Rates are subject to change; unless otherwise noted, rates are updated periodically. All other information on accounts is accurate as of May 17, 2022.

GOBankingRates is a personal finance and consumer interest rate website owned by ConsumerTrack Inc., an online marketing company serving top-tier banks, credit unions and other financial services organizations. Some companies mentioned in this article might be clients of ConsumerTrack Inc., which serves more than 100 national, local and online financial institutions. Rankings and roundups are completely objective, and no institution, client or otherwise, paid for inclusion or specific placement. Any opinions, analyses, reviews or recommendations expressed in this article are those of the author alone and have not been reviewed, approved or otherwise endorsed by the companies included in the article. All fees and rates are subject to change at the issuers’ discretion. Some interest rates might be short-term or promotional offers only, and it is possible additional terms and conditions must be met to obtain the interest rates listed. Rates and availability might vary by region. Verify terms and conditions before opening an account.

GOBankingRates bases its assessment of “best” and “top” products on the above-stated parameters to create a baseline for comparison. This assessment is an approximation of “best” and “top” designed to help consumers find products that might be appropriate for them. There could be other options available as well. Consumers should consider various options appropriate for their circumstances.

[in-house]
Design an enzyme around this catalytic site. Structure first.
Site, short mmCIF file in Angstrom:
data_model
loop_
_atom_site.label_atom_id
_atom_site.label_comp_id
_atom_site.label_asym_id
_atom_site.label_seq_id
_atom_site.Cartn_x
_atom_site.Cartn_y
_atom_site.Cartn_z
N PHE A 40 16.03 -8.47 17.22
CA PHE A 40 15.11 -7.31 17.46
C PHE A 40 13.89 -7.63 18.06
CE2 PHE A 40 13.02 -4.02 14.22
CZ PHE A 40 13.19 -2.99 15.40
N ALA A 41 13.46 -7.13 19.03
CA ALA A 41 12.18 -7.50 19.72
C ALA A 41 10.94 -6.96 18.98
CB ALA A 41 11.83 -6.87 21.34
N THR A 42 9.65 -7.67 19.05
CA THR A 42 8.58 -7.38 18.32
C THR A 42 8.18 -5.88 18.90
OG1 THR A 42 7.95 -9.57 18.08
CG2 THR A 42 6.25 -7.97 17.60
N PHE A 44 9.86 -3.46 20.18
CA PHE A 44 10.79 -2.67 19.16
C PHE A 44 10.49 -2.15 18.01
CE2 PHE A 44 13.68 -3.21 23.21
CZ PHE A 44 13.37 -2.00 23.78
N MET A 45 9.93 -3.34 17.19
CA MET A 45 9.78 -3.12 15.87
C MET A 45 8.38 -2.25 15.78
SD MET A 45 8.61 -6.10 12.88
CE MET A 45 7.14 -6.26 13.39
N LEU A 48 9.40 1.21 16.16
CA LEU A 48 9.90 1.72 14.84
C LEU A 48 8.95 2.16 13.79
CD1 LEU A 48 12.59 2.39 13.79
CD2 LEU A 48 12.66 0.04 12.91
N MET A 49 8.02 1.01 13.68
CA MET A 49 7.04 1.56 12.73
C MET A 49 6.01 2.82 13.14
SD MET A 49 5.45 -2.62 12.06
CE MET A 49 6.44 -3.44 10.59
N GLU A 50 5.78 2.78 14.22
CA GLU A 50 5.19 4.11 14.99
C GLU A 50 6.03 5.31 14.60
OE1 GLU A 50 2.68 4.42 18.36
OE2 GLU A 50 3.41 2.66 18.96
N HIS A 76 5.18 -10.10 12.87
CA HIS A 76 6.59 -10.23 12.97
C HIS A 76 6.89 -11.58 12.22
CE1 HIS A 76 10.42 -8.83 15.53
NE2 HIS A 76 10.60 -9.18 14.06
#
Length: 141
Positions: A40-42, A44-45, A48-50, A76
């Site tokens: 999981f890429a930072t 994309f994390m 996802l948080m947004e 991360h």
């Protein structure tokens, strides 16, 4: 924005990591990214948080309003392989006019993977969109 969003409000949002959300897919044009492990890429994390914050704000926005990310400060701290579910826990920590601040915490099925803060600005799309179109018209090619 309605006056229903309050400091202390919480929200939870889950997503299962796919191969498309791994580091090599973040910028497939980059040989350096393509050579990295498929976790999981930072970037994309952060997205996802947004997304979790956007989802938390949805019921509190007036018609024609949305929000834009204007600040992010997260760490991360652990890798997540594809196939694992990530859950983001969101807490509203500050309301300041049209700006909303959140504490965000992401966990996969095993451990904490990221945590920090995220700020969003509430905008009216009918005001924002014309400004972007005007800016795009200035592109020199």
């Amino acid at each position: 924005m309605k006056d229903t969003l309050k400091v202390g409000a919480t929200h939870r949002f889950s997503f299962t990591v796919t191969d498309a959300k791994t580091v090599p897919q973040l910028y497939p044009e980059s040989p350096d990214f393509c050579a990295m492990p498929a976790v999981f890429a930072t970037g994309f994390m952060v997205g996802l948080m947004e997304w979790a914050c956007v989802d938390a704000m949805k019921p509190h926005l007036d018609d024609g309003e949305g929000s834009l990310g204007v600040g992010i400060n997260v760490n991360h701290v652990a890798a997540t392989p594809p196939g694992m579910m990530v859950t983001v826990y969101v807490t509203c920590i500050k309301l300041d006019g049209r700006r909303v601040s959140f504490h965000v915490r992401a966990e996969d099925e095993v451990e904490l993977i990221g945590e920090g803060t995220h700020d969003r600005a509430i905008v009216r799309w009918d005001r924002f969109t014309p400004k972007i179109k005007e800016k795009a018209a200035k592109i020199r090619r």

To discover the Top 100 Best Banks, GOBankingRates looked at all institutions with available published data (National, Regional, Local, and Online) from the 2022 Best Banks categories as well as all Credit Unions with over $1 billion in total assets and accessible to a wide audience. GOBankingRates looked at the following factors: (1) total assets as sourced from the FDIC and NCUA; (2) number of branch locations as sourced from the FDIC and NCUA; (3) checking account annual fee; (4) savings account APY rate; (5) 12-month CD APY rate; (6) customer service products offered (24/7 customer service and live chat with a human); (7) Bauer rating (out of 5 stars); (8) products/services offered (auto loans, mortgage loans, credit cards, investment services, and insurance); and (9) the average mobile app rating between the android and apple stores. All factors were then scored and combined, with the lowest score being best. Factors (1) and (4) were weighted 1.5 times in final scoring, factor (2) was weighted 2 times, factor (6) was weighted 0.5 times, and factor (8) was weighted 2.5 times. For all Savings and Checking Account data only the basic accounts/products offered at each institution was analyzed. Rates and fees subject to change.

Editorial Note: This content is not provided by any entity covered in this article. Any opinions, analyses, reviews, ratings or recommendations expressed in this article are those of the author alone and have not been reviewed, approved or otherwise endorsed by any entity named in this article.

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​​A writer and editor with more than 100 book credits in the juvenile and young adult non-fiction format, Tom Streissguth has mastered the craft of explaining complex, difficult subjects clearly. His books have covered history, geography, economics, media and current affairs; he's also written biographies of historical figures for Lerner, Enslow, Facts on File, Greenhaven and other major educational publishers.